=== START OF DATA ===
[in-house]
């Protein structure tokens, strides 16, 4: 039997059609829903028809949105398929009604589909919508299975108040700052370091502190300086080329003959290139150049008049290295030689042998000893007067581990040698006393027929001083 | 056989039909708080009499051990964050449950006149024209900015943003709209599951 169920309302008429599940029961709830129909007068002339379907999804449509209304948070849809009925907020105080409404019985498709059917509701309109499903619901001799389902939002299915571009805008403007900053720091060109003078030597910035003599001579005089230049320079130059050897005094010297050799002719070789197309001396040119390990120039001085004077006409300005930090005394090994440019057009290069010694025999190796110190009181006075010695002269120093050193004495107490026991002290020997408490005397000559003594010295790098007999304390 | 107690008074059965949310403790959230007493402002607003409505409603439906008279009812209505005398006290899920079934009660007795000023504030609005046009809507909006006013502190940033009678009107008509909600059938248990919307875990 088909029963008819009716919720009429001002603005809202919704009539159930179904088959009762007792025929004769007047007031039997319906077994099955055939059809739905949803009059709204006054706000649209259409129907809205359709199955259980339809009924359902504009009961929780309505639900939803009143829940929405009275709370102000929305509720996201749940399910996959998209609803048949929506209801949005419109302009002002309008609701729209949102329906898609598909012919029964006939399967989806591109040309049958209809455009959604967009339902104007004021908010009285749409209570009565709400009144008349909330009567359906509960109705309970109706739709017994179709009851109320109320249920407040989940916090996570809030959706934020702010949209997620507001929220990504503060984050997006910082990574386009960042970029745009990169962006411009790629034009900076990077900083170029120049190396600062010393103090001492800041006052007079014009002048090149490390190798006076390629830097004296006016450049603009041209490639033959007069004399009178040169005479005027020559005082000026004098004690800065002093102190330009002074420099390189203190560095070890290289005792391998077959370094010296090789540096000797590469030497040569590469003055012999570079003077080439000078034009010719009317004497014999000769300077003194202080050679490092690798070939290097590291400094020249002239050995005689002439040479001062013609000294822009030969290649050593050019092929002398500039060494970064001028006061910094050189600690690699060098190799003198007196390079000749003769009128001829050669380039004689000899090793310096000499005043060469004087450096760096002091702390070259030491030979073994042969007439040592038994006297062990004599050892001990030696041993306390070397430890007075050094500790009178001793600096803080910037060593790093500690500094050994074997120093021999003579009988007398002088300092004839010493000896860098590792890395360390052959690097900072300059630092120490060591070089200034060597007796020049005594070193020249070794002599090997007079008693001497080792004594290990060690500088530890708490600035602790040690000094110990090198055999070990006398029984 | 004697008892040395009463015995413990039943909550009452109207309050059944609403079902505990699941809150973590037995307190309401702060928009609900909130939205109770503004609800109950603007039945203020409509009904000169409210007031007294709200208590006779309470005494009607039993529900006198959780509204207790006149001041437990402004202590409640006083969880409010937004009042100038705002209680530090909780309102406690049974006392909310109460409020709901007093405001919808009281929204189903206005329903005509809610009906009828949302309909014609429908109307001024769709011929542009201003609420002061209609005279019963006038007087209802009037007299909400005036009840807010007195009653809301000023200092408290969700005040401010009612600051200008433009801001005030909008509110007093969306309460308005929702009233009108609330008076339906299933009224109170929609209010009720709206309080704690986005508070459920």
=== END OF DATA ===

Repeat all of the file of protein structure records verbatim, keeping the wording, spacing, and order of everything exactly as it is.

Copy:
[in-house]
């Protein structure tokens, strides 16, 4: 039997059609829903028809949105398929009604589909919508299975108040700052370091502190300086080329003959290139150049008049290295030689042998000893007067581990040698006393027929001083 | 056989039909708080009499051990964050449950006149024209900015943003709209599951 169920309302008429599940029961709830129909007068002339379907999804449509209304948070849809009925907020105080409404019985498709059917509701309109499903619901001799389902939002299915571009805008403007900053720091060109003078030597910035003599001579005089230049320079130059050897005094010297050799002719070789197309001396040119390990120039001085004077006409300005930090005394090994440019057009290069010694025999190796110190009181006075010695002269120093050193004495107490026991002290020997408490005397000559003594010295790098007999304390 | 107690008074059965949310403790959230007493402002607003409505409603439906008279009812209505005398006290899920079934009660007795000023504030609005046009809507909006006013502190940033009678009107008509909600059938248990919307875990 088909029963008819009716919720009429001002603005809202919704009539159930179904088959009762007792025929004769007047007031039997319906077994099955055939059809739905949803009059709204006054706000649209259409129907809205359709199955259980339809009924359902504009009961929780309505639900939803009143829940929405009275709370102000929305509720996201749940399910996959998209609803048949929506209801949005419109302009002002309008609701729209949102329906898609598909012919029964006939399967989806591109040309049958209809455009959604967009339902104007004021908010009285749409209570009565709400009144008349909330009567359906509960109705309970109706739709017994179709009851109320109320249920407040989940916090996570809030959706934020702010949209997620507001929220990504503060984050997006910082990574386009960042970029745009990169962006411009790629034009900076990077900083170029120049190396600062010393103090001492800041006052007079014009002048090149490390190798006076390629830097004296006016450049603009041209490639033959007069004399009178040169005479005027020559005082000026004098004690800065002093102190330009002074420099390189203190560095070890290289005792391998077959370094010296090789540096000797590469030497040569590469003055012999570079003077080439000078034009010719009317004497014999000769300077003194202080050679490092690798070939290097590291400094020249002239050995005689002439040479001062013609000294822009030969290649050593050019092929002398500039060494970064001028006061910094050189600690690699060098190799003198007196390079000749003769009128001829050669380039004689000899090793310096000499005043060469004087450096760096002091702390070259030491030979073994042969007439040592038994006297062990004599050892001990030696041993306390070397430890007075050094500790009178001793600096803080910037060593790093500690500094050994074997120093021999003579009988007398002088300092004839010493000896860098590792890395360390052959690097900072300059630092120490060591070089200034060597007796020049005594070193020249070794002599090997007079008693001497080792004594290990060690500088530890708490600035602790040690000094110990090198055999070990006398029984 | 004697008892040395009463015995413990039943909550009452109207309050059944609403079902505990699941809150973590037995307190309401702060928009609900909130939205109770503004609800109950603007039945203020409509009904000169409210007031007294709200208590006779309470005494009607039993529900006198959780509204207790006149001041437990402004202590409640006083969880409010937004009042100038705002209680530090909780309102406690049974006392909310109460409020709901007093405001919808009281929204189903206005329903005509809610009906009828949302309909014609429908109307001024769709011929542009201003609420002061209609005279019963006038007087209802009037007299909400005036009840807010007195009653809301000023200092408290969700005040401010009612600051200008433009801001005030909008509110007093969306309460308005929702009233009108609330008076339906299933009224109170929609209010009720709206309080704690986005508070459920």